Scratch: Getting Started

1. The Scratch Account

A child’s Scratch journey begins with creating a Scratch account at the URL below. You will need a laptop, desktop or a tablet with an internet connection to get started. A parent email is required to create and verify the account. Goto https://scratch.mit.edu/join to create a Scratch account.

2. The Scratch Project

All the Scratch projects created will be stored online in this account and can be accessed by logging in using the parent email and password. Since the projects are stored online, they can be accessed from any computer that has an Internet connection.

3. Project Name

Scratch projects are like word documents that can be created and stored online in your Scratch account. Give each project a descriptive name that will easily tell you what the project is about, so you can go back to it later.

4. Scratch Workspace

The Scratch workspace is an integrated place where you can create your projects as well as run them and view the results. It has the Scratch blocks, costumes and sounds, all of which are used to build the Scratch project. It also has the stage where the results of the project can be seen.

5. Scratch Blocks

The Scratch blocks are individual commands that can be put together to make projects. The blocks are grouped into different functions like motion, looks, sound, control, sensing, events, operations and variables. Each of these functions are color coded for easy identification as you make your projects.

6. ScratchX

Scratch also offers the ability to write code and make your own blocks. This can be done using the Scratch Extension framework, also known as ScratchX. This is an advanced feature that requires writing code in an advanced text based language and is typically used by skilled programmers.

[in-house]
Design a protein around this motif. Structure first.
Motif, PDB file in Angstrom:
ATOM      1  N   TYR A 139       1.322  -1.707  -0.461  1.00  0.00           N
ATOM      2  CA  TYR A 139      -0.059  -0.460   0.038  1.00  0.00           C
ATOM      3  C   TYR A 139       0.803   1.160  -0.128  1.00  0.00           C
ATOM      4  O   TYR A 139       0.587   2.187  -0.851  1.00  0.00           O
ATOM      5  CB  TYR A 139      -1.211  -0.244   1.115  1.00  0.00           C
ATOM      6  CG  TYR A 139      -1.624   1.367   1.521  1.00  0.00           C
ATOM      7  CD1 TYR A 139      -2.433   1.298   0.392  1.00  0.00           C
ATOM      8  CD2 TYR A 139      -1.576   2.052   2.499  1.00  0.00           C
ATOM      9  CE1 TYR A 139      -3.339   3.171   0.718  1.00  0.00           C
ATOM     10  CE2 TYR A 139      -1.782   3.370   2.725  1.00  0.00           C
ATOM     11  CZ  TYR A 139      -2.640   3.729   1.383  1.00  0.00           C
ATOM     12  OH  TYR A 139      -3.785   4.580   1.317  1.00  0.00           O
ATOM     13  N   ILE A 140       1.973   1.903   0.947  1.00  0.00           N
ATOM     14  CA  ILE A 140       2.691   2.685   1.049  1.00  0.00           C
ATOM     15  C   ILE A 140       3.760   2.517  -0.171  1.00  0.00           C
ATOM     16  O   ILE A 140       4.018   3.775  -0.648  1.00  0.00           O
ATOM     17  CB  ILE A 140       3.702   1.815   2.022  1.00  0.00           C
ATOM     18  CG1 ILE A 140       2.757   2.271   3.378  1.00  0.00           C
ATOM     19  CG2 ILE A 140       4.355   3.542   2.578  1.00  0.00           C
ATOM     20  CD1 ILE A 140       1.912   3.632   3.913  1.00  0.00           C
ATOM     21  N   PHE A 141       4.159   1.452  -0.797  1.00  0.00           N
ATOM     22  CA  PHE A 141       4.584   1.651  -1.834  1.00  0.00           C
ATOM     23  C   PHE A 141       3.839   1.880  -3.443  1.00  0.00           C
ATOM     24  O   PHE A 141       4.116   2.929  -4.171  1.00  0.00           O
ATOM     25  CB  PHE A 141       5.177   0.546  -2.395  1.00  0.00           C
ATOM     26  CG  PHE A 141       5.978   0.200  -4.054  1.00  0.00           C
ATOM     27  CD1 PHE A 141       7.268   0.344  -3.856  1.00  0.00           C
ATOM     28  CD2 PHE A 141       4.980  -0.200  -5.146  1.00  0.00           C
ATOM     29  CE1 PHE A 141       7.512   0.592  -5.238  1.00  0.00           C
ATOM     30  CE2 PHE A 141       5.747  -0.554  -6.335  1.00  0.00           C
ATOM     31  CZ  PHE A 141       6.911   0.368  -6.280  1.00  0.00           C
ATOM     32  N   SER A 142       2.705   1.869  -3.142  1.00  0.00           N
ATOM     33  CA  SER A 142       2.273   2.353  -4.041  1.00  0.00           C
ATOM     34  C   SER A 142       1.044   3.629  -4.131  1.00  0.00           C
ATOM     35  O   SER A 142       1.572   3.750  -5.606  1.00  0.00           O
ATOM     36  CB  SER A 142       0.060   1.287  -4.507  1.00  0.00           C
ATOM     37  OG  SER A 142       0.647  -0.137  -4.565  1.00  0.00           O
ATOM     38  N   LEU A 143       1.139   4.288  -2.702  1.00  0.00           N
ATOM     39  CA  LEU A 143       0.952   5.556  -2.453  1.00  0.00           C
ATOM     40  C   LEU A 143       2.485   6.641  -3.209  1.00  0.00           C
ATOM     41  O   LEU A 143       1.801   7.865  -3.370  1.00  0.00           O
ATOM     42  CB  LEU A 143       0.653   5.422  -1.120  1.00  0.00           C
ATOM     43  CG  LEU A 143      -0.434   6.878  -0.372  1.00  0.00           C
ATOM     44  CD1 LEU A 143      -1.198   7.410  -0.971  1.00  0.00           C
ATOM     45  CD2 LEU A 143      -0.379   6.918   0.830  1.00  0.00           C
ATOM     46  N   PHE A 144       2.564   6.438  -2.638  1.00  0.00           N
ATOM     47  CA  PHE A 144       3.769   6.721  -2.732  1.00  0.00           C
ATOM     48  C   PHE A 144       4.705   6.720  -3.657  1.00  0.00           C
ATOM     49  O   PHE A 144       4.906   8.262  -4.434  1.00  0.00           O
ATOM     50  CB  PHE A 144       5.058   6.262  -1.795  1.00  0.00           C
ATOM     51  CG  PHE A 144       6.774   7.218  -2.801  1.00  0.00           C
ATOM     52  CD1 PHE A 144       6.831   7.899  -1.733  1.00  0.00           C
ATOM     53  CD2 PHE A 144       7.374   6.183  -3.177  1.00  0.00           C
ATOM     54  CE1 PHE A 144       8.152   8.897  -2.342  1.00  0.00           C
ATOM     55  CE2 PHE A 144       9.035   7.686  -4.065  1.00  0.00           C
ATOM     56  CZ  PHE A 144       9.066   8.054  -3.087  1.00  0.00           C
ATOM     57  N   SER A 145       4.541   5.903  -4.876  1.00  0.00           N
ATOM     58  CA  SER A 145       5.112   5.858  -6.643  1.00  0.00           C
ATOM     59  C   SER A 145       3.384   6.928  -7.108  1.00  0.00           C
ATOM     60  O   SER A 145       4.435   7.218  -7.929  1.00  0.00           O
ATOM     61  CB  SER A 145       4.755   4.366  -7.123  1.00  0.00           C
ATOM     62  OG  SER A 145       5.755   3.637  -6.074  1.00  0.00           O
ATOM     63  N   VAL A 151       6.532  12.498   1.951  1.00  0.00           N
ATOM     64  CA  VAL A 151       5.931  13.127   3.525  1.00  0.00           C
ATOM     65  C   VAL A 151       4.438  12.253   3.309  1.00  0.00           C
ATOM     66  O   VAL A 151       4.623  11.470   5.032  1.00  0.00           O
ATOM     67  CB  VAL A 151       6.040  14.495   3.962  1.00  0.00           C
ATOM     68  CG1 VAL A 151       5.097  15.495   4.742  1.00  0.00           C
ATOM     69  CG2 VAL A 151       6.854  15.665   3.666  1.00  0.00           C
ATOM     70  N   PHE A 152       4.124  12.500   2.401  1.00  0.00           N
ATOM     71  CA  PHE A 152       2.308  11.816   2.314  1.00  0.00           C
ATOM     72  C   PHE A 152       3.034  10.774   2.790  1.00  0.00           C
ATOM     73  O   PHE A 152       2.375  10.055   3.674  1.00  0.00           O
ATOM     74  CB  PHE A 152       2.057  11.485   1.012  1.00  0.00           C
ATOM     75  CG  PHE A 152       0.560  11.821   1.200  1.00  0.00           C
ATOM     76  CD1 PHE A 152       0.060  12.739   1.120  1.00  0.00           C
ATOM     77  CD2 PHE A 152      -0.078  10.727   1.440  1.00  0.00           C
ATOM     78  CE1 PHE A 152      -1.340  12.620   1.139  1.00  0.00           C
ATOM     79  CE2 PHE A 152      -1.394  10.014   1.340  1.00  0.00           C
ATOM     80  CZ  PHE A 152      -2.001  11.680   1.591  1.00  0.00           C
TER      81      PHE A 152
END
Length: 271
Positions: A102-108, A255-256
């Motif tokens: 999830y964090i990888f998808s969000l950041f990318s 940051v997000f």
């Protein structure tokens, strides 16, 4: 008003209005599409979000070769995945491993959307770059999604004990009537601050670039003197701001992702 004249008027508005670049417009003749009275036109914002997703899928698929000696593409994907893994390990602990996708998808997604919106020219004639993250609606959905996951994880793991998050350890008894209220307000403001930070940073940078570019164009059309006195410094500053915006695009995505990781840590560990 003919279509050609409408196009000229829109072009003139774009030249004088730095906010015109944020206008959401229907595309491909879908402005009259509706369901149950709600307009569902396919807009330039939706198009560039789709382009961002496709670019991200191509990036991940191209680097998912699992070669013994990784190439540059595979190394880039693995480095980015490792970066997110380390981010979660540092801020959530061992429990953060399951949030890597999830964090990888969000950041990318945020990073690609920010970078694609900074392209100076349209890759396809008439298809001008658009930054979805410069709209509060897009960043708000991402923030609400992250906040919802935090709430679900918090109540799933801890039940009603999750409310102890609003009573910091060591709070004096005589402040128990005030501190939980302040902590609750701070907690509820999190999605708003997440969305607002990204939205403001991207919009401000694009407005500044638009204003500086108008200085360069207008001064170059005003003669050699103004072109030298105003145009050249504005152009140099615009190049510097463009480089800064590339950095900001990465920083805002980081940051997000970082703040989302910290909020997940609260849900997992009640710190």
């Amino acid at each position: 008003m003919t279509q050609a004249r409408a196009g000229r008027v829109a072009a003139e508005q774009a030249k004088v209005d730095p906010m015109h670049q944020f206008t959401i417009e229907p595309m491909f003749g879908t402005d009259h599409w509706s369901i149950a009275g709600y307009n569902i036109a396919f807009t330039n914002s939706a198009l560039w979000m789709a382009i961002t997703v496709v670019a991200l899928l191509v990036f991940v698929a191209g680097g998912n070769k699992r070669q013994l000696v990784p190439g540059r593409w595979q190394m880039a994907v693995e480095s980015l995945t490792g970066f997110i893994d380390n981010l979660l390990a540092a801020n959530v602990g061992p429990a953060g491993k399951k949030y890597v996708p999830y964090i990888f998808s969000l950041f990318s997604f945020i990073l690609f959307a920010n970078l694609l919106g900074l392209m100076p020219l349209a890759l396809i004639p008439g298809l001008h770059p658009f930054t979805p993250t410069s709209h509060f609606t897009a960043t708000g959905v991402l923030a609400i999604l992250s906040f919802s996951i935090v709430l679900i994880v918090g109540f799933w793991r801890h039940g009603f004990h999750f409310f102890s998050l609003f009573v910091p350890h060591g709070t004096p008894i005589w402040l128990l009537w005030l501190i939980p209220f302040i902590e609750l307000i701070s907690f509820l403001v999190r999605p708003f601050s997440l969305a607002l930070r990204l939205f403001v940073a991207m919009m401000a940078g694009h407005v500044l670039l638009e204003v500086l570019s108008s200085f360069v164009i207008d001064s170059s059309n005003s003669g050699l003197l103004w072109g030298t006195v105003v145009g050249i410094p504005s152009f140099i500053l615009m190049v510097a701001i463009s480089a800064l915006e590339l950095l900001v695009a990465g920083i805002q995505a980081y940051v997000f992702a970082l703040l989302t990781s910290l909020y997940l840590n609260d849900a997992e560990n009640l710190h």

Sample Scratch Project

See below an example Scratch project that draws a beautiful star when the ‘flag’ key is pressed and erases the screen when the ‘space’ key is pressed. The project uses control, pen and drawing blocks to create the beautiful star.

Scratch: Privacy and Security concerns

As with any other online community, there exists inherent risks especially for kids interacting online. The Scratch team has done a great job in keeping the online space safe for kids.

The Scratch App

Additionally, Scratch also allows students to create their projects offline, without an internet connection. Students can download the Scratch app and create all their projects offline. The app has all the features of the online version of Scratch. Click onhttps://scratch.mit.edu/download to download the Scratch App.

Scratch: How to get involved?

There are several ways to get involved and Scratch can offer a rich and fulfilling journey into the coding world.

1. Start coding

The Scratch blocks are individual commands that can be put together to make projects. The blocks are grouped into different logical groups based on functionality, and color coded for ease of use. The first step for beginners is to start coding using Scratch.

2. Kodeclik Scratch Classes

Kodeclik offers several Scratch classes from beginner to advanced levels. The classes are fun, enjoyable and kid recommended and are backed by a rich and structured curriculum. For more details, see Kodeclik's Online Coding Classes.
Take a look at Kodeclik's Scratch Coding page for a comprehensive overview of our courses, camps, and other blog posts about Scratch.